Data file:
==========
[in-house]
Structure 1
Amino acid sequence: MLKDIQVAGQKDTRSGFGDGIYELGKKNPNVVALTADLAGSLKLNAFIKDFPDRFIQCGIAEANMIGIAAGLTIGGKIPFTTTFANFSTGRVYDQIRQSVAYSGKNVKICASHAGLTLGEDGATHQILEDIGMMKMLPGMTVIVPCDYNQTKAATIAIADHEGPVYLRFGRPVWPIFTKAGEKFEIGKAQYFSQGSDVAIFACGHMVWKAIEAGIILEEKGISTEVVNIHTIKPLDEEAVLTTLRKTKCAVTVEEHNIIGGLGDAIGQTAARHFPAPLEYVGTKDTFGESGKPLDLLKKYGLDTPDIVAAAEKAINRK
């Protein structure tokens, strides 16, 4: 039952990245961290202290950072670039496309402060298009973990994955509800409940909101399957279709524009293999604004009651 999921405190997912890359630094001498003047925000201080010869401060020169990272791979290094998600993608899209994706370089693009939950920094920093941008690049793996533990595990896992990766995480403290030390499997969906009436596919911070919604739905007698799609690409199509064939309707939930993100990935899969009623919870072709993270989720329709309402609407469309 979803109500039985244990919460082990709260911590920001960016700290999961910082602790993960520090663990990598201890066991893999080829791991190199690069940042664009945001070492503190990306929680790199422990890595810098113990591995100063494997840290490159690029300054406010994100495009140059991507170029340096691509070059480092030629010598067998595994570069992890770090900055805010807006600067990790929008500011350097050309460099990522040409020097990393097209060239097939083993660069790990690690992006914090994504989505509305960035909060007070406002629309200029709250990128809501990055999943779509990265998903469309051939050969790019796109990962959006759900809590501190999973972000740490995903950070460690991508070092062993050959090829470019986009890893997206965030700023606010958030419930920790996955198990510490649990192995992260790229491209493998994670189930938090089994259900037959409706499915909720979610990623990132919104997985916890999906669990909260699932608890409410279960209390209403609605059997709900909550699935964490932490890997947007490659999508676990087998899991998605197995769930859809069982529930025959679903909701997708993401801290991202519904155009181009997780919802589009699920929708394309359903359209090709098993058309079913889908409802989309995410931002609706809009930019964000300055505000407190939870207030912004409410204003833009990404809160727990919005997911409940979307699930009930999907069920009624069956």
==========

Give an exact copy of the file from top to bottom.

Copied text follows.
[in-house]
Structure 1
Amino acid sequence: MLKDIQVAGQKDTRSGFGDGIYELGKKNPNVVALTADLAGSLKLNAFIKDFPDRFIQCGIAEANMIGIAAGLTIGGKIPFTTTFANFSTGRVYDQIRQSVAYSGKNVKICASHAGLTLGEDGATHQILEDIGMMKMLPGMTVIVPCDYNQTKAATIAIADHEGPVYLRFGRPVWPIFTKAGEKFEIGKAQYFSQGSDVAIFACGHMVWKAIEAGIILEEKGISTEVVNIHTIKPLDEEAVLTTLRKTKCAVTVEEHNIIGGLGDAIGQTAARHFPAPLEYVGTKDTFGESGKPLDLLKKYGLDTPDIVAAAEKAINRK
């Protein structure tokens, strides 16, 4: 039952990245961290202290950072670039496309402060298009973990994955509800409940909101399957279709524009293999604004009651 999921405190997912890359630094001498003047925000201080010869401060020169990272791979290094998600993608899209994706370089693009939950920094920093941008690049793996533990595990896992990766995480403290030390499997969906009436596919911070919604739905007698799609690409199509064939309707939930993100990935899969009623919870072709993270989720329709309402609407469309 979803109500039985244990919460082990709260911590920001960016700290999961910082602790993960520090663990990598201890066991893999080829791991190199690069940042664009945001070492503190990306929680790199422990890595810098113990591995100063494997840290490159690029300054406010994100495009140059991507170029340096691509070059480092030629010598067998595994570069992890770090900055805010807006600067990790929008500011350097050309460099990522040409020097990393097209060239097939083993660069790990690690992006914090994504989505509305960035909060007070406002629309200029709250990128809501990055999943779509990265998903469309051939050969790019796109990962959006759900809590501190999973972000740490995903950070460690991508070092062993050959090829470019986009890893997206965030700023606010958030419930920790996955198990510490649990192995992260790229491209493998994670189930938090089994259900037959409706499915909720979610990623990132919104997985916890999906669990909260699932608890409410279960209390209403609605059997709900909550699935964490932490890997947007490659999508676990087998899991998605197995769930859809069982529930025959679903909701997708993401801290991202519904155009181009997780919802589009699920929708394309359903359209090709098993058309079913889908409802989309995410931002609706809009930019964000300055505000407190939870207030912004409410204003833009990404809160727990919005997911409940979307699930009930999907069920009624069956």